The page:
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Making a picture on prejudice is a very difficult procedure. And when a love story is mixed into the formula, the possible blunders are multiplied manifold. "Pinky" does not quite escape all of these mistakes and thus misses being a great picture.
The problem posed is that of a colored girl who is able to pass for white. she has been trained as a nurse in the north, and has fallen in love with a white doctor. When she returns to the South to escape the obvious complications of her attachment, she is bequeathed the estate of an old lady whom she nurses and later wins a court fight to gain possession of it. Her choice is between working among her people in the south, or going off with the doctor, who has pursued her, to start life anew.
The question is a genuine one; its solution is credible. But along the way, the credibility is gradually eased out, and the final dramatic moment does not ring true. The courtroom scene in which Pinky bests the representative of intolerance is a bit too close to a sudden triumph of righteousness for comfort. Pinky's meetings with the doctor are probably the most weakening factors in the plot; especially in the final encounter, the conflict between love and principle is just too much for the actors to carry off.
Jeanne Crain, in her first serious role as Pinky, acts with the required amount of uneasiness but cannot quite convey the emotional torment which is supposed to be shaking her personality to pieces. she comes off well in the more active places, but meditation finds her a little too demure.
William Lundigan as the ardent Northern doctor looks heroic, but his script and stage directions unfortunately give him little opportunity to displayed acting ability. Ethel Waters, portraying Pinky's grandmother, surmounts the Aunt Media-type casting to achieve some fine moments.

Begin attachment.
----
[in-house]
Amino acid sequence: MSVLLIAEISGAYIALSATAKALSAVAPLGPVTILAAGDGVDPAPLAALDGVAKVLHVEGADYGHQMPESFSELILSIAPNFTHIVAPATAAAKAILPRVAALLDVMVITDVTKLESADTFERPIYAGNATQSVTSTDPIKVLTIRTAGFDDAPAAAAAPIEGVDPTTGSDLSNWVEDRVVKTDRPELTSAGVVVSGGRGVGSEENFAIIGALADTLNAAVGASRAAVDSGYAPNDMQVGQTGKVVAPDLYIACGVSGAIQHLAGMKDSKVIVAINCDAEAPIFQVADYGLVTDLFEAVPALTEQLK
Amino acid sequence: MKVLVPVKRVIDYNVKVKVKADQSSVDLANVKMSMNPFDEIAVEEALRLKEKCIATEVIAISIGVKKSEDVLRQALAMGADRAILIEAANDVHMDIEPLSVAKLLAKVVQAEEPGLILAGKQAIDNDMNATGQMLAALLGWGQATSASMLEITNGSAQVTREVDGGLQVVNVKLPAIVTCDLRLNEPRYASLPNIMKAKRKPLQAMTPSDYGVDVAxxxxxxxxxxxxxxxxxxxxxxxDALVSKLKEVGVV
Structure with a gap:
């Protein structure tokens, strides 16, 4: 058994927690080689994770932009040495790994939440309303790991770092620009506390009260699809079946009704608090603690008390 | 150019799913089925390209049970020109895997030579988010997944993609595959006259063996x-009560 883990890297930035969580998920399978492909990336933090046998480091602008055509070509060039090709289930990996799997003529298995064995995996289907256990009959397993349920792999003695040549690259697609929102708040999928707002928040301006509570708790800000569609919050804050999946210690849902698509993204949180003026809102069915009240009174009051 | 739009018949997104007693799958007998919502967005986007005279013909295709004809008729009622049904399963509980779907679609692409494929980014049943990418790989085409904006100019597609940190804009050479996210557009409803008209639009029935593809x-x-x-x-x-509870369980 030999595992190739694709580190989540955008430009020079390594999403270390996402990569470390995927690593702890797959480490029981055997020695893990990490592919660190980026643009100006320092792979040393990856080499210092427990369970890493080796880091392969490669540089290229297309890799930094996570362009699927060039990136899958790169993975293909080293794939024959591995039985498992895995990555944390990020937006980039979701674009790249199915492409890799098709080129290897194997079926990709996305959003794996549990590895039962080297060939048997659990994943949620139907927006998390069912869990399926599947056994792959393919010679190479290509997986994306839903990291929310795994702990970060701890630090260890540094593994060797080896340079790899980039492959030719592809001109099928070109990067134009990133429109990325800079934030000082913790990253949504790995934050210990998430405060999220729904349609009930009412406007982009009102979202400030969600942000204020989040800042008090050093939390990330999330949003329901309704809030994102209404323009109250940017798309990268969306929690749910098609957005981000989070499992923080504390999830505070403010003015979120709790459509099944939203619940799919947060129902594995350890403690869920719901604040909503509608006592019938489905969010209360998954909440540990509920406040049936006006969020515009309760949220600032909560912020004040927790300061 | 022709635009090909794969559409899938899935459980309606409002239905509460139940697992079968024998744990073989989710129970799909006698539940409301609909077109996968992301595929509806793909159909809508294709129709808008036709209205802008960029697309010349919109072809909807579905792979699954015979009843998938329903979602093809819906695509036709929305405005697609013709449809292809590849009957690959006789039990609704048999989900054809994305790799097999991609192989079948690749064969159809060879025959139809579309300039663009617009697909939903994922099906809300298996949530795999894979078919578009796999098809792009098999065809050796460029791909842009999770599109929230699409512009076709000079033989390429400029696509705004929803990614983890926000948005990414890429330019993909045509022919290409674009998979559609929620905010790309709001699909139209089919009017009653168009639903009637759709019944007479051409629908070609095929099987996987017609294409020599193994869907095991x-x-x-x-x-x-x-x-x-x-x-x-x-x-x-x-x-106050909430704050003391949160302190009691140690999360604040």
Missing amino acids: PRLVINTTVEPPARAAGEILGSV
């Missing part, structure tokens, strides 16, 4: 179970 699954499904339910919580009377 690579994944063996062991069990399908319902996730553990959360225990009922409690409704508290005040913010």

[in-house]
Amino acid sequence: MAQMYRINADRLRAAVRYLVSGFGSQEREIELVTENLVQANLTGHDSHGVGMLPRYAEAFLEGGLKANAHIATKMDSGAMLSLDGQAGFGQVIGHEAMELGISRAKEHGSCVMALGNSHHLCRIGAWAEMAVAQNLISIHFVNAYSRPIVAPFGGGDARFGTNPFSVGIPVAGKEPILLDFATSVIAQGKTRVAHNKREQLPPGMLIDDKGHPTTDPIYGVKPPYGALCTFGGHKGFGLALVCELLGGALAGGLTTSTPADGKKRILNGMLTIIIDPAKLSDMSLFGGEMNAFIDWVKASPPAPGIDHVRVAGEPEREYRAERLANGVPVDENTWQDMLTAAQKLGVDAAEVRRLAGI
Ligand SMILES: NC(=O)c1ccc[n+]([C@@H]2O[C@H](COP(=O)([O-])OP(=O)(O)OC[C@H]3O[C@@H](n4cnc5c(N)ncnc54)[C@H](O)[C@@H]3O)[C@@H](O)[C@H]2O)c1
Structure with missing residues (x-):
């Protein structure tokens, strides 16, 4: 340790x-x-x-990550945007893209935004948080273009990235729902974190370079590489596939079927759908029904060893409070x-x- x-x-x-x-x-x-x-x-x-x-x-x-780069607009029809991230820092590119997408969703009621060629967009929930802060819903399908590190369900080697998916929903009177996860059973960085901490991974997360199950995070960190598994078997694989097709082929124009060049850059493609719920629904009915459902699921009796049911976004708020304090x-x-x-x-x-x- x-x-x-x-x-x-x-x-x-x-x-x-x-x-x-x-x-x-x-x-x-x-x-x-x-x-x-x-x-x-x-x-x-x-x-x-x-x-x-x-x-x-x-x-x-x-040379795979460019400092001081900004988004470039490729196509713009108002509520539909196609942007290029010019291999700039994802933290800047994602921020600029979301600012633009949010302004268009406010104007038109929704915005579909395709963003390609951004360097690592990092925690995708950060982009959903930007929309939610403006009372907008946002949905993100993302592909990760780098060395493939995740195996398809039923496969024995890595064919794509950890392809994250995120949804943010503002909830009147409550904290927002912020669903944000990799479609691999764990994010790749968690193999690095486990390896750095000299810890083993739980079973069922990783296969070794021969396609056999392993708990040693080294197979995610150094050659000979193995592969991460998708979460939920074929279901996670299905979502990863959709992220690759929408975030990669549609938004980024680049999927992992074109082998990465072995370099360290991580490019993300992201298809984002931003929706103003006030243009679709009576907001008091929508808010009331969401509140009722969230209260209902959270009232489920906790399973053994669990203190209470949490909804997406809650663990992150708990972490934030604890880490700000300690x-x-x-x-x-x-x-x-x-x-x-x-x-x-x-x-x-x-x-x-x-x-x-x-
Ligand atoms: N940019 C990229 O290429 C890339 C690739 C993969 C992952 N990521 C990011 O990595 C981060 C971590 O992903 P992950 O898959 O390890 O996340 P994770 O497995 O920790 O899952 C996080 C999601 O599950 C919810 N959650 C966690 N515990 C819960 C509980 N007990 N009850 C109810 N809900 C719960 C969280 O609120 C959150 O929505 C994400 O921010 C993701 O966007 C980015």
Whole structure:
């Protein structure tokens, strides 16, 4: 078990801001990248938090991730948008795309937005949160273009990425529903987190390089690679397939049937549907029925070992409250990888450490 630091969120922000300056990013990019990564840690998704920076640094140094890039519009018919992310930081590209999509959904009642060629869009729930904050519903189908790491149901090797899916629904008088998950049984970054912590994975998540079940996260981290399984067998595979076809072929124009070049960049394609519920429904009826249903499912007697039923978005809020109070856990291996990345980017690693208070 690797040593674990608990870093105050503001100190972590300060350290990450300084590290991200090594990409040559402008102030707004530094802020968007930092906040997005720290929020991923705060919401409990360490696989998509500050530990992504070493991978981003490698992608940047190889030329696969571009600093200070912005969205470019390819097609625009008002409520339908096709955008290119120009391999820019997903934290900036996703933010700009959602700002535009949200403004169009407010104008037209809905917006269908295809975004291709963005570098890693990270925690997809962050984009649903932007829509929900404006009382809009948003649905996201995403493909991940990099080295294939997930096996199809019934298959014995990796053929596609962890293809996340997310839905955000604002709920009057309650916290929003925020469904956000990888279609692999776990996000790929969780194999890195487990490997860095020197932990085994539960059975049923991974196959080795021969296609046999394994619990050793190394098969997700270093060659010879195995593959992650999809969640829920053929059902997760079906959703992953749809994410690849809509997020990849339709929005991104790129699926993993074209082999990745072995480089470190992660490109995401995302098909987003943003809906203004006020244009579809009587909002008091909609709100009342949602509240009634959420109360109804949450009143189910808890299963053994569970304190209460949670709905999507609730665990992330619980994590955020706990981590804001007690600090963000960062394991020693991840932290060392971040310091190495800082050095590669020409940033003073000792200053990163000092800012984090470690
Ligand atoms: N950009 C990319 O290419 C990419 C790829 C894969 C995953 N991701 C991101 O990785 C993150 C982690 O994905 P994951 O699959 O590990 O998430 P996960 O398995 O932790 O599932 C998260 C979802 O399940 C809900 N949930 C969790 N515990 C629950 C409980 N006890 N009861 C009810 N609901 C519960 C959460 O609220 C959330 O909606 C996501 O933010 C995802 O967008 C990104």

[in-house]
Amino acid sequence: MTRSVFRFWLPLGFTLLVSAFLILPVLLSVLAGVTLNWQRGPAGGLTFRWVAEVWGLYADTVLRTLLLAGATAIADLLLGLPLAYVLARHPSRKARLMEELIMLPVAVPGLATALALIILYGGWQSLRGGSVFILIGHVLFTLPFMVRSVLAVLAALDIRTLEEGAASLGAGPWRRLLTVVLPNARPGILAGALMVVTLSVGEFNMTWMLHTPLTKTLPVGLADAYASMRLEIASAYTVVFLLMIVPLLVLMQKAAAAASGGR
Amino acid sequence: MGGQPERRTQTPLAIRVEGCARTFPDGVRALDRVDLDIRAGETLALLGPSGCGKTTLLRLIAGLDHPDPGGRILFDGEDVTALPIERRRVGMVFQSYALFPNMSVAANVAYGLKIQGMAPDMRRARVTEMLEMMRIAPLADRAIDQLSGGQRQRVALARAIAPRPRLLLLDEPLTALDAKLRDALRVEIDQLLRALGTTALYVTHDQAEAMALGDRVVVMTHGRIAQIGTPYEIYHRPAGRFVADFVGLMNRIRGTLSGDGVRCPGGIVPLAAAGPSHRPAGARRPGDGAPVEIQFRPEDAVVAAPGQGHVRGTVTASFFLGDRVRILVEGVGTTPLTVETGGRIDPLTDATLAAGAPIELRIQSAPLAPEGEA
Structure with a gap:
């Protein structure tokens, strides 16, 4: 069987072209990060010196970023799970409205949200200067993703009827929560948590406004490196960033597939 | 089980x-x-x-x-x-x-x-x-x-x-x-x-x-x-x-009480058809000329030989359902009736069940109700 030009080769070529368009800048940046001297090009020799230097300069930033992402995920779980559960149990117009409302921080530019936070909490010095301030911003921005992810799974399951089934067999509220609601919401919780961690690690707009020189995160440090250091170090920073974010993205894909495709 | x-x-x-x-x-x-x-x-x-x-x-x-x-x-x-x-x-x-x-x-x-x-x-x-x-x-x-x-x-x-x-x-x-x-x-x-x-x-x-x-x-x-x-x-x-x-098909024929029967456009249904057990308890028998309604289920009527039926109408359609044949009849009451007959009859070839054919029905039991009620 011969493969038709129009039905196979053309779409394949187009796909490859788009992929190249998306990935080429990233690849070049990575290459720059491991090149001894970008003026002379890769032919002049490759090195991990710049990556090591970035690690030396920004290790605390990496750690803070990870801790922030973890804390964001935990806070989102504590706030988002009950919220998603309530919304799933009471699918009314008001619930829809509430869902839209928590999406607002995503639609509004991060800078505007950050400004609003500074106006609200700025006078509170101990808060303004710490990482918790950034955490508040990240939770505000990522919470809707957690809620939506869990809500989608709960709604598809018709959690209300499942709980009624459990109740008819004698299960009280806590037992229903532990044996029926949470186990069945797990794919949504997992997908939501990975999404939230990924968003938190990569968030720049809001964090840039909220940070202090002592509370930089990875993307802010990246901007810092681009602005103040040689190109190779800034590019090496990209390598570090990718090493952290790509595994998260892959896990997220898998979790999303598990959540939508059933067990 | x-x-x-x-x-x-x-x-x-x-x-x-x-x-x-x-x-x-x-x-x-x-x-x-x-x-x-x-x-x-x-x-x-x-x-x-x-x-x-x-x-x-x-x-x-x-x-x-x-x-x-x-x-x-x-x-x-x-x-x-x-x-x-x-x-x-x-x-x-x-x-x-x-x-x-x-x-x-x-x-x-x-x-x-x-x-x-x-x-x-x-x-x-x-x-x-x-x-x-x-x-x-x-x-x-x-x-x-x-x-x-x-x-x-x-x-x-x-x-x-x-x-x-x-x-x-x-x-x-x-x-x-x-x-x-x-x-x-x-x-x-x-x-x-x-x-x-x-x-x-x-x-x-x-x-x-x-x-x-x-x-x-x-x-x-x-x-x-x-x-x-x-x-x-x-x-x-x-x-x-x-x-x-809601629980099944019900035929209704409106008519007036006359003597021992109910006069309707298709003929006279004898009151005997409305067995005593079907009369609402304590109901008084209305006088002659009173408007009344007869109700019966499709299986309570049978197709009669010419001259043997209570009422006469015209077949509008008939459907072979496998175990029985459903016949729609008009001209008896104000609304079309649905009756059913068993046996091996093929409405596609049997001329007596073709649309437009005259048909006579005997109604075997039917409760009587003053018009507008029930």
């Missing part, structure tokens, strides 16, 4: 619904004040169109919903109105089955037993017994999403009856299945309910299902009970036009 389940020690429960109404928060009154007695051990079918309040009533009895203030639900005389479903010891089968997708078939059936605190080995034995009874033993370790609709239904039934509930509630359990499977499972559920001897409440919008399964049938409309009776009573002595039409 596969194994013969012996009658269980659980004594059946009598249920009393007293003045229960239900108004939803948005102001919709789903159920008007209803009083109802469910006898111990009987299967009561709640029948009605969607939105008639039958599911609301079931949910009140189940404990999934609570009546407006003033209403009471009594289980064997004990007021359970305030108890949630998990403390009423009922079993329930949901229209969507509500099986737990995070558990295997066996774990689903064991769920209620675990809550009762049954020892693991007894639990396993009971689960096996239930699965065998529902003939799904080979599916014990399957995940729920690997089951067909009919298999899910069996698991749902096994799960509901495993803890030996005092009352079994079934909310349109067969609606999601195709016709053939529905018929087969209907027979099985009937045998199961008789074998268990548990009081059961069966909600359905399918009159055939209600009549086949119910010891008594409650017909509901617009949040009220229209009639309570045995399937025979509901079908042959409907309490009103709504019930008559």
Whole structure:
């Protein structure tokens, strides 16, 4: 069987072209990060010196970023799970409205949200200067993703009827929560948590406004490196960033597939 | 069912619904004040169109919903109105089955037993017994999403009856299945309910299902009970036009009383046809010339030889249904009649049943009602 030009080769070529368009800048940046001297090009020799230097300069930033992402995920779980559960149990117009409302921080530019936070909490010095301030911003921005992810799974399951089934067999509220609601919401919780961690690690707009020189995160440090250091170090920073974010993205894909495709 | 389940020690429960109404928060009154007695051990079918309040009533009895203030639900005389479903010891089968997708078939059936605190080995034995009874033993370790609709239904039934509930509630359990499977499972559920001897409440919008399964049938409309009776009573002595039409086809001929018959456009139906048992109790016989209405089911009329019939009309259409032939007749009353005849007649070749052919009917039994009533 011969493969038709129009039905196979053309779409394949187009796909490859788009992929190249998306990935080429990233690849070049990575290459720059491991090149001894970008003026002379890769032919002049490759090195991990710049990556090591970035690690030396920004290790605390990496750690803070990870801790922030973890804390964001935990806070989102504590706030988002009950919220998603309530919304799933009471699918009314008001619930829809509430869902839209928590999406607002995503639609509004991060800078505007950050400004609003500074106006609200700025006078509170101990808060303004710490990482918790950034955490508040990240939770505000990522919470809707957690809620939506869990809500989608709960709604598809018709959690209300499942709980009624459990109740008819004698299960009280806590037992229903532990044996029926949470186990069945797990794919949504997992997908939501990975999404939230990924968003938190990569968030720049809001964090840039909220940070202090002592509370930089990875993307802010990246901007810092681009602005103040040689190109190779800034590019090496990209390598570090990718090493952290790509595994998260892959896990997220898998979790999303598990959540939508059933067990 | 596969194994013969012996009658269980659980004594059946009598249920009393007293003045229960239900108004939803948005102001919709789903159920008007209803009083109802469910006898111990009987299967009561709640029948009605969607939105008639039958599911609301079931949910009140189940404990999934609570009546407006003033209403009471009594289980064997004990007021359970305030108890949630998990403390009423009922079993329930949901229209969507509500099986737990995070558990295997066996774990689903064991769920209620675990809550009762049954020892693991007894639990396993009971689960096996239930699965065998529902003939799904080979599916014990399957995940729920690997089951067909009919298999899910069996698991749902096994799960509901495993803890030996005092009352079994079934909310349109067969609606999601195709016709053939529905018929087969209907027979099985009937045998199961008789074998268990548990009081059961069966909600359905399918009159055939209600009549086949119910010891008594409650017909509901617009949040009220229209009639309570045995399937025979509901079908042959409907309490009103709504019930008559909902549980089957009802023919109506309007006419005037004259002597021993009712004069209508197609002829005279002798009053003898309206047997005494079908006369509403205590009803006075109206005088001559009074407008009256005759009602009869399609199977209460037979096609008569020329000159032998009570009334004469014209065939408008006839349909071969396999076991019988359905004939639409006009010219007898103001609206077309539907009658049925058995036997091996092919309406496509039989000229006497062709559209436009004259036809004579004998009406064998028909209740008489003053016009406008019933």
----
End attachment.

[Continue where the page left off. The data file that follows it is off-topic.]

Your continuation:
For Ethel Barrymore, in the part of the dying old aristocrat, there can be nothing but praise. The most striking "character" in the movie, her quick wit and quicker tongue provide some of the sharpest and best-aimed assaults the film can offer. Her advice to Pinky, "Be yourself," is the key to understanding the moral and psychological conflict which are presented.
"Pinky" succeeds in portraying the subtleties that some other films on prejudice lacked. The tone of paternalism used by the whites to negroes, though sometimes almost imperceptible, carries the desired tension through the less exciting portions. It is this gentle touch, rather than the instances of overt and violent discrimination use to hammer home the meaning of prejudice to Pinky and the audience, that places the picture on a high artistic level.
Hollywood, having recently discovered the hitherto untapped field of racial and religious prejudice, insensately to gather all the fur its as quickly as possible. "Pinky" is beyond the reach of the amateurism which dominated the earliest production; it may have just escaped an era of subtle melodrama-prejudice which is to come.
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